After the broadcast of "The Eleventh Hour", which introduced Amy as a kissogram in a skimpy policewoman outfit who watched the Doctor undress and change into his new costume, it was reported that several viewers had criticised the character and her occupation online and that it was "not fitting for a family show". Wenger defended the character, saying that, "The whole kissogram thing played into Steven's desire for the companion to be feisty and outspoken and a bit of a number. Amy is probably the wildest companion that the Doctor has travelled with, but she isn't promiscuous." Gillan also defended her character, claiming that girls Amy's age often wore short skirts and Amy was a "strong female" and a "normal girl with normal impulses". The BBC received 43 complaints over the scene in "Flesh and Stone" in which Amy attempts to seduce the Doctor. A member of pressure group Mediawatch-uk also commented that the scene seemed "slightly out of place in a children's programme".
Awards and nominations
"Vincent and the Doctor" and "The Pandorica Opens"/"The Big Bang" were nominated for the 2011 Hugo Award for Best Dramatic Presentation (Short Form), with the award going to the latter. This was the fifth Hugo Award for Doctor Who and the fourth for Moffat, after "The Empty Child"/"The Doctor Dances", "The Girl in the Fireplace", and "Blink". "Vincent and the Doctor" was nominated for the Bradbury Award for Outstanding Dramatic Presentation at the 2010 Nebula Awards, but it lost to the film Inception. The Mill, Doctor Who's computer-generated effects team, won a Royal Television Society Craft and Design Award for their work on "The Pandorica Opens".
In Canada's Constellation Awards, Doctor Who's fifth series received six nominations. Smith and Tony Curran (Vincent van Gogh) were both nominated for Best Male Performance in a 2010 Science Fiction Television Episode, while Gillan was nominated for Best Female Performance for "Amy's Choice". Doctor Who was nominated for Best Science Fiction Television Series but lost to Stargate: Universe. Moffat and Curtis were both nominated for Best Overall 2010 Science Fiction Film or Television Script for "The Eleventh Hour" and "Vincent and the Doctor" respectively. Gold was the only winner, nominated for his music in the Best Technical Accomplishment in a 2010 Science Fiction Film or Television Production category.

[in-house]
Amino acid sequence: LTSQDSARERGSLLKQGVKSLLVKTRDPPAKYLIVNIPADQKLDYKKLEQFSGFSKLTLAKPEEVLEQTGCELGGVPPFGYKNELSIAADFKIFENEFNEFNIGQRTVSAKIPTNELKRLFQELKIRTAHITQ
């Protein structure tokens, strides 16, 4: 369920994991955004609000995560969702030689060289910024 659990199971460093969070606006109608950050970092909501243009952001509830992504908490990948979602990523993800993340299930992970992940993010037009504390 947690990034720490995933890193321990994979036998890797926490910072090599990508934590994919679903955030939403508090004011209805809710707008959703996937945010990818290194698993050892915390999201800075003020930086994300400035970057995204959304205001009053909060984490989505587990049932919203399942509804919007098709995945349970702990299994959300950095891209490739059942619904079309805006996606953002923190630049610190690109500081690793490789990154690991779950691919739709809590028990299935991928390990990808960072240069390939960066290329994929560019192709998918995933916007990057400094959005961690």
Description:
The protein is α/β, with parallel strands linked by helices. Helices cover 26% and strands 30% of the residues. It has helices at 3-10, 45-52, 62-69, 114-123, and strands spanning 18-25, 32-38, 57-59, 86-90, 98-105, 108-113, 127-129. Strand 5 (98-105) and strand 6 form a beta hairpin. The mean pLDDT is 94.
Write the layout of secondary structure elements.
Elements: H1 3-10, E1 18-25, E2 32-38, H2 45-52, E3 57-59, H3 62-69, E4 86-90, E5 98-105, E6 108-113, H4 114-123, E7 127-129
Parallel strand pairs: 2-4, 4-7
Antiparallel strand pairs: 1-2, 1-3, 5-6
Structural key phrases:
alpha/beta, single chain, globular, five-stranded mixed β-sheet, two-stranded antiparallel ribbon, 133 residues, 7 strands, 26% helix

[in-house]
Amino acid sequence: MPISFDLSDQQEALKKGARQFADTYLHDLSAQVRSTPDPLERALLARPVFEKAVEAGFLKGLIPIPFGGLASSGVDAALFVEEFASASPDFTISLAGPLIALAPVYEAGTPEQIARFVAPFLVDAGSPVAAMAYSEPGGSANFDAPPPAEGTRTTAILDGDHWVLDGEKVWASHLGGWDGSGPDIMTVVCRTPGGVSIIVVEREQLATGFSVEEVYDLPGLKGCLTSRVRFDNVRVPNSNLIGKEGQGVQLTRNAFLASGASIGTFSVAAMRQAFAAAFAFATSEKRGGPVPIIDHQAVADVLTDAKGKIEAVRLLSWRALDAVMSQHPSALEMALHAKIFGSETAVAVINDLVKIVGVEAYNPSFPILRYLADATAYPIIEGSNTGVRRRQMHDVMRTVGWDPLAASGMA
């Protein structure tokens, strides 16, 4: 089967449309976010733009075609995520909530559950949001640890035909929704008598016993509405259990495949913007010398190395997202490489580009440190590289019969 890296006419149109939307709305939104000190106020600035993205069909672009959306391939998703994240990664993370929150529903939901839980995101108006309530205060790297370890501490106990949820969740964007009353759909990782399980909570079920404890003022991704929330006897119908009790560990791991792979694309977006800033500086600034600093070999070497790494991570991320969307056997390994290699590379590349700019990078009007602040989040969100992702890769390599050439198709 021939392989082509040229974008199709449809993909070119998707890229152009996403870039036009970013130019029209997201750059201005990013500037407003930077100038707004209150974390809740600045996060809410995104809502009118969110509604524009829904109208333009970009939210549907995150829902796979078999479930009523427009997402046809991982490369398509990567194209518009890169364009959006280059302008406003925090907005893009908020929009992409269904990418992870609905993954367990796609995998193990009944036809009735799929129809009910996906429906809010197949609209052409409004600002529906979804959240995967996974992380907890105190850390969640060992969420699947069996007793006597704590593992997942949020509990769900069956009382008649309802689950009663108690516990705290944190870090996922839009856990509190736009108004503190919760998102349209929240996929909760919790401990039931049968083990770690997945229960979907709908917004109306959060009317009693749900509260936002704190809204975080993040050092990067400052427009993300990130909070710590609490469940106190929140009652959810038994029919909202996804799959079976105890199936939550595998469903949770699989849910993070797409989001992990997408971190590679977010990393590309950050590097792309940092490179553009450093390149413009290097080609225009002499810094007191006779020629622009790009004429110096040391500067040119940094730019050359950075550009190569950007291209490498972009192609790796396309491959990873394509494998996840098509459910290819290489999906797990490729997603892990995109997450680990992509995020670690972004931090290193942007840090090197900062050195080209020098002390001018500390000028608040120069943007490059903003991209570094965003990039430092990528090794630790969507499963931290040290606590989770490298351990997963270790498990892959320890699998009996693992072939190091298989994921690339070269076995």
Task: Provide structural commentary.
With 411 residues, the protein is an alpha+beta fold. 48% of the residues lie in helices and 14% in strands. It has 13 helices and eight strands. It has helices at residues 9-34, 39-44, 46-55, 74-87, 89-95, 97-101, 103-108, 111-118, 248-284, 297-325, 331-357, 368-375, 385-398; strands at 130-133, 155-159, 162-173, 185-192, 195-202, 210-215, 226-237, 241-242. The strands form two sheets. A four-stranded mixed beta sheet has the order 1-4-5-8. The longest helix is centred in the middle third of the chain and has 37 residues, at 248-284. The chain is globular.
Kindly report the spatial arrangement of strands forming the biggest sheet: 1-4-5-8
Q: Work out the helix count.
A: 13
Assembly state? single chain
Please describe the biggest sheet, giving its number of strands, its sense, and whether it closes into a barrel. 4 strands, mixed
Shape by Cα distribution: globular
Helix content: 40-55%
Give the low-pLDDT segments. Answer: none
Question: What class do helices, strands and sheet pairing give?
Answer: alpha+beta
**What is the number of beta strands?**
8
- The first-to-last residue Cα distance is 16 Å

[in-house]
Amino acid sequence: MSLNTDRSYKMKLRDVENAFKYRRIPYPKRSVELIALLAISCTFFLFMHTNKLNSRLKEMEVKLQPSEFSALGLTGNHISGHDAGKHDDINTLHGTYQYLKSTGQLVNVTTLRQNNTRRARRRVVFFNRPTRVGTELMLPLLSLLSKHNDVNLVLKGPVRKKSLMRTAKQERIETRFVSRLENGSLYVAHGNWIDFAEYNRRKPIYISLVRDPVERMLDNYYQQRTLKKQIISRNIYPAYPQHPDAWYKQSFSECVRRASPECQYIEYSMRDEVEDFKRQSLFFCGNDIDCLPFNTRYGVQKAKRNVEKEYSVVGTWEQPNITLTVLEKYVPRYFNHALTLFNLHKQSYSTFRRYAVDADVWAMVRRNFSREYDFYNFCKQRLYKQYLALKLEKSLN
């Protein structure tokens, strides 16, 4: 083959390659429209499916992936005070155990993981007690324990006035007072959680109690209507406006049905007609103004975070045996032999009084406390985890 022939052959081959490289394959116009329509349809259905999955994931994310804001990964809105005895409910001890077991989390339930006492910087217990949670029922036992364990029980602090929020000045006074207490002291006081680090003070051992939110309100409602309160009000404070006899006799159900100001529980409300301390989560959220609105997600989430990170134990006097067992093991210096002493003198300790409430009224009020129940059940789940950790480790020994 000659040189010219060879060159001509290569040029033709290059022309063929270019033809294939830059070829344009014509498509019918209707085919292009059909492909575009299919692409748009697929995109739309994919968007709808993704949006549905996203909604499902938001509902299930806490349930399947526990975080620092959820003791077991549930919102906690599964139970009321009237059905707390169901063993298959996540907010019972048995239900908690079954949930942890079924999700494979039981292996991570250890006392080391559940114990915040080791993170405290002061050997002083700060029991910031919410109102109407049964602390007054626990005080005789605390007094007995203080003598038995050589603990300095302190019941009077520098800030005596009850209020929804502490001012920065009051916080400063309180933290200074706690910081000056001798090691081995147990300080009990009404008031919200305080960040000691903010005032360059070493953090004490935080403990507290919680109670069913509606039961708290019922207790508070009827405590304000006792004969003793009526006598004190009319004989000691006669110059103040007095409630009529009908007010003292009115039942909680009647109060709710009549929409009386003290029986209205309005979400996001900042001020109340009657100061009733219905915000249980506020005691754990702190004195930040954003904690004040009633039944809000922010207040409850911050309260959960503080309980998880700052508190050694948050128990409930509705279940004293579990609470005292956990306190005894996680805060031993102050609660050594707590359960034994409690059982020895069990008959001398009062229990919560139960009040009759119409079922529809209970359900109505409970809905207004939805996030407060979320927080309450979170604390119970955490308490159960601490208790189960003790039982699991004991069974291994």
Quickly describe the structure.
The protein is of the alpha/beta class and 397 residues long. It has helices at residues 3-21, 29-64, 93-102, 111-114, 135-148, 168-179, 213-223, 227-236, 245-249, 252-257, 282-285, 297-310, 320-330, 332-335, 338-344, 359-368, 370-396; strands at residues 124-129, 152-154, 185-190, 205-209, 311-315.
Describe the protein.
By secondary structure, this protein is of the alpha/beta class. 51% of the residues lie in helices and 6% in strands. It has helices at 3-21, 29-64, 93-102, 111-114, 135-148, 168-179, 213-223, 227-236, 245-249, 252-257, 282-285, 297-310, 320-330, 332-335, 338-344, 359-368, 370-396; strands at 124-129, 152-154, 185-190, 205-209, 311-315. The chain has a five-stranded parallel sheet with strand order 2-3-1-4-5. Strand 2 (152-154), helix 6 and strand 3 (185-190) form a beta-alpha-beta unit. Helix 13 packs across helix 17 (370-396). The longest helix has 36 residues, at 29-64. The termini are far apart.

Smith was nominated for Leading Actor in the television division of the British Academy of Film and Television Arts awards, becoming the first actor portraying the Doctor to gain a BAFTA nomination. He lost to Daniel Rigby for his work in the television film Eric and Ernie. At the BAFTA Cymru awards, Mark Hutchinson won the "Lighting" category for his work on "The Eleventh Hour", while Barbara Southcott was nominated for "Make Up & Hair" for "Vampires of Venice" and William Oswald was nominated for the "Editing: Fiction" category for "The Time of Angels".
A two-disc soundtrack containing 63 tracks of the score from this series (from "The Eleventh Hour" to "The Big Bang"), as composed by Murray Gold, was released on 8 November 2010 by Silva Screen Records. It was the second "double album" following the previous release; Gold stated that the previous "double album" had been popular and Silvia Screen allowed another one. The tracks are presented in episode order, which Gold said "should give a sense of roaming through this gigantic scope".
In the BBC Books Doctor Who New Series Adventures line, a range of spin-off novels that began in 2005 with the Ninth Doctor and revitilisation of the television series, six novels were released corresponding to the series. On 22 April 2010 the first three, Apollo 23 by Justin Richards, Night of the Humans by David Llewellyn, and The Forgotten Army by Brian Minchin were released, featuring the Eleventh Doctor and Amy. On 8 July 2010 three more novels were released, Nuclear Time by Oli Smith, The Glamour Chase by Gary Russell, and The King's Dragon by Una McCormack, each featuring the Doctor and Amy with Rory.